Small but quick cars are common these days, but in the early 1960s Triumph created something a little bit surprising with its Vitesse in 1963. This surprisingly fresh combination of a compact Triumph Herald body with a large six-cylinder power plant from up the Triumph range produced a smoother, torquier and much more desirable car to drive... Even if it wasn't actually much quicker!
If you ever played with Meccano as a kid, you'll love the Vitesse. A full rebuild can be completed with the simplest of imperial tool kits. Maintenance is straightforward if you like to get your hands dirty, while most of the parts - including trim - can be bought off the shelf for reasonable money.
After the confines of a modern engine bay, the Vitesse is a joy to work on with plenty of space and accessibility. Open the bonnet and you can see most things, with un-impeached access to major suspension components, brakes and of course the engine. Need to take a closer look at the gearbox? Simply remove the cover inside the cabin to gain full access!
So for affordability, ease of maintenance, fun (especially in convertible form) and performance, there’s little that can touch the Vitesse for the money.
Which one to buy?
Offered in two-door saloon or convertible forms, there was never a Vitesse estate officially offered, although a dozen examples were built. However, thanks to the use of a separate chassis, it’s easy enough to create your own Vitesse load lugger, as a few have done. All you need to do is to mate a Herald estate bodyshell to the chassis and mechanicals of the Vitesse - and of course the bonnet.
In terms of outright desirability, the 2-Litre Mark 2 Vitesse is at the top of most people's shopping list, especially in convertible form. You'll find that 1600 models are the cheapest, mainly due to the fact parts are more difficult to source, and the engine simply lacks torque.
Due to the mix-and-match nature of the Herald and Vitesse bodies and engines, it's more a matter of buying the best condition car you can find. Saloons can easily be converted to convertibles (and vice versa).Saloons converted to convertibles are common, as are overdrive conversions – the latter is worth having, while a raised final drive ratio will also provide more relaxed cruising.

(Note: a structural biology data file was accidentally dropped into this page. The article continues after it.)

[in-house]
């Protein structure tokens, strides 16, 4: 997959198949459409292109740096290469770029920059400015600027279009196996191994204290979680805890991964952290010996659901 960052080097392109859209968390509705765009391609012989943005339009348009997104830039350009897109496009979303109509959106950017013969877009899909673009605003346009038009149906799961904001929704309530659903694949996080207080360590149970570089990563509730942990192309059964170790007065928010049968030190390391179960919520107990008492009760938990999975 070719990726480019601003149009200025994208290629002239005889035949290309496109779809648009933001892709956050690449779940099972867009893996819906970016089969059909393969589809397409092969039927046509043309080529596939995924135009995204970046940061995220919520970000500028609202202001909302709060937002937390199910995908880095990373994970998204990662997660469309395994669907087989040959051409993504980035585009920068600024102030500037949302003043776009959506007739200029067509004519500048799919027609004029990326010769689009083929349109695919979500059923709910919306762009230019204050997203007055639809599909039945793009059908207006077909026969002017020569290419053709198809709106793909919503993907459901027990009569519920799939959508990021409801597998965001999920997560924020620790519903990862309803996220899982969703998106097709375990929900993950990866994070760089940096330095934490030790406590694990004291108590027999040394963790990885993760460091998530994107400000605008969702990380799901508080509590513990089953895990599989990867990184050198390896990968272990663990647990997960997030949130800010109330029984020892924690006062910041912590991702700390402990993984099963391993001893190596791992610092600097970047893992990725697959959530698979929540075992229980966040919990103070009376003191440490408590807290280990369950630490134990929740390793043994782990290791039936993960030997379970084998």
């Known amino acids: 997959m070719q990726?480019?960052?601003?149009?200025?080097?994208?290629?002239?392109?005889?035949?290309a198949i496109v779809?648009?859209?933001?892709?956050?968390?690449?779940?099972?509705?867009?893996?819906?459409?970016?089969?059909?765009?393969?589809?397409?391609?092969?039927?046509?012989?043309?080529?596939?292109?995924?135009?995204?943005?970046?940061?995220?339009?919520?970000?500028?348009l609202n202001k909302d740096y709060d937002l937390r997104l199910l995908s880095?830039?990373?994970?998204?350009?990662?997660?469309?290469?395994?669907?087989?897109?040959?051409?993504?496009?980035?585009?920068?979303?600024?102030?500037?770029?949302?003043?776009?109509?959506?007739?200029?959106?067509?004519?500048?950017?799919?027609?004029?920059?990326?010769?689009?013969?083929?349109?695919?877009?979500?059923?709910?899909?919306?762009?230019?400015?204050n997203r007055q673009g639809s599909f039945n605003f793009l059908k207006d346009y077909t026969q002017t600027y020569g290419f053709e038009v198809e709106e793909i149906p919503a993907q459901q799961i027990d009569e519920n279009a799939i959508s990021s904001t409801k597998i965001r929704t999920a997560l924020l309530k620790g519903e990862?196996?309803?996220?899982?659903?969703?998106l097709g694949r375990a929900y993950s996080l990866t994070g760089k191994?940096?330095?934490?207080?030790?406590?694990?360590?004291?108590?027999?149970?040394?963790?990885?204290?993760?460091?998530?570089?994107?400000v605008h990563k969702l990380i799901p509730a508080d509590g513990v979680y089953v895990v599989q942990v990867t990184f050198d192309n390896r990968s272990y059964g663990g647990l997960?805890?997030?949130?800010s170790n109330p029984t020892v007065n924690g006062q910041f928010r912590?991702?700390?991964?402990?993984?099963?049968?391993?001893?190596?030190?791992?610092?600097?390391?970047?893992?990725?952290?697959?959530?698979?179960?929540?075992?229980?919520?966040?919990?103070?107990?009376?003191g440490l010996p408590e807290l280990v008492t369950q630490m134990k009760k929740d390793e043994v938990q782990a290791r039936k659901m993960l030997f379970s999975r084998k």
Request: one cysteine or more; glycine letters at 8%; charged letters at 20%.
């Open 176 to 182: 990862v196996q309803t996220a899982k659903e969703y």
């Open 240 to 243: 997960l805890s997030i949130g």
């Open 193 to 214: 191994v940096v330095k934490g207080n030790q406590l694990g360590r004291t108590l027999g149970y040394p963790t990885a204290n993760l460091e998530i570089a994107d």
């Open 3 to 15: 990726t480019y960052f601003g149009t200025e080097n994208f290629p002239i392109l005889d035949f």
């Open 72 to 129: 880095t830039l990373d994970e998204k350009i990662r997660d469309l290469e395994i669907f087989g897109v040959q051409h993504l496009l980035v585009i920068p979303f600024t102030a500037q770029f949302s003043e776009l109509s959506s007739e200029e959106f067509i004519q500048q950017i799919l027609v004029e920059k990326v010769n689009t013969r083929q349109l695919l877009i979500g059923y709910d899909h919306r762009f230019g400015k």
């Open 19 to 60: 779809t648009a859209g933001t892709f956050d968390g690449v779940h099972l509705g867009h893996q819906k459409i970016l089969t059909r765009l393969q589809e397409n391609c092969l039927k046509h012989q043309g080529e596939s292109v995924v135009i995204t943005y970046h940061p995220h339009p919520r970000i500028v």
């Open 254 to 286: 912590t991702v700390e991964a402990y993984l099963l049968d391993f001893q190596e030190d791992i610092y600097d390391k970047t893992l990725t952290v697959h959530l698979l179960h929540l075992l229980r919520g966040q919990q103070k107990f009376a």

These days you're probably more likely to come across a saloon that has been converted to roadster spec than anything else, and if it's a convertible you're looking for, then there's nothing wrong with a well-converted example. If you're trying to find a genuine factory convertible, then look for a CVO commission number, as well as the anti-burst door catches. These can be fitted to a converted car, but it rarely happens.
It’s worth buying a car that’s had a few upgrades, such as telescopic dampers at the rear of Mk2 models, an electric cooling fan, a more modern oil filter conversion as well as proper halogen headlights. Don’t be afraid of a car with a 2.5-litre engine installed; it’s a long-stroke version of the 2.0-litre unit, as seen in the 2500 saloon and estate, plus the TR5/TR6 in fuel-injected or carburetted forms. Beware though, the Vitesse transmission is fairly weak and the brakes marginal, so these should have been uprated at the same time.
Performance and specs
Triumph Vitesse 2-litre Mk2
Engine 1998cc, six-cylinder
Power 104bhp @ 5300rpm
Torque 117lb ft @ 3000rpm
Top speed 103mph
Fuel consumption 32mpg
Gearbox Four-speed manual/overdrive
Dimensions and weight
Kerb weight 927kg
• While tatty cars are not uncommon, it's really the chassis that needs careful inspection. Bodywork is easily replaced or repaired, and because of the separate chassis, seemingly rusty cars are actually structurally safe if the chassis is solid. Check the chassis rails and outriggers around the diff area.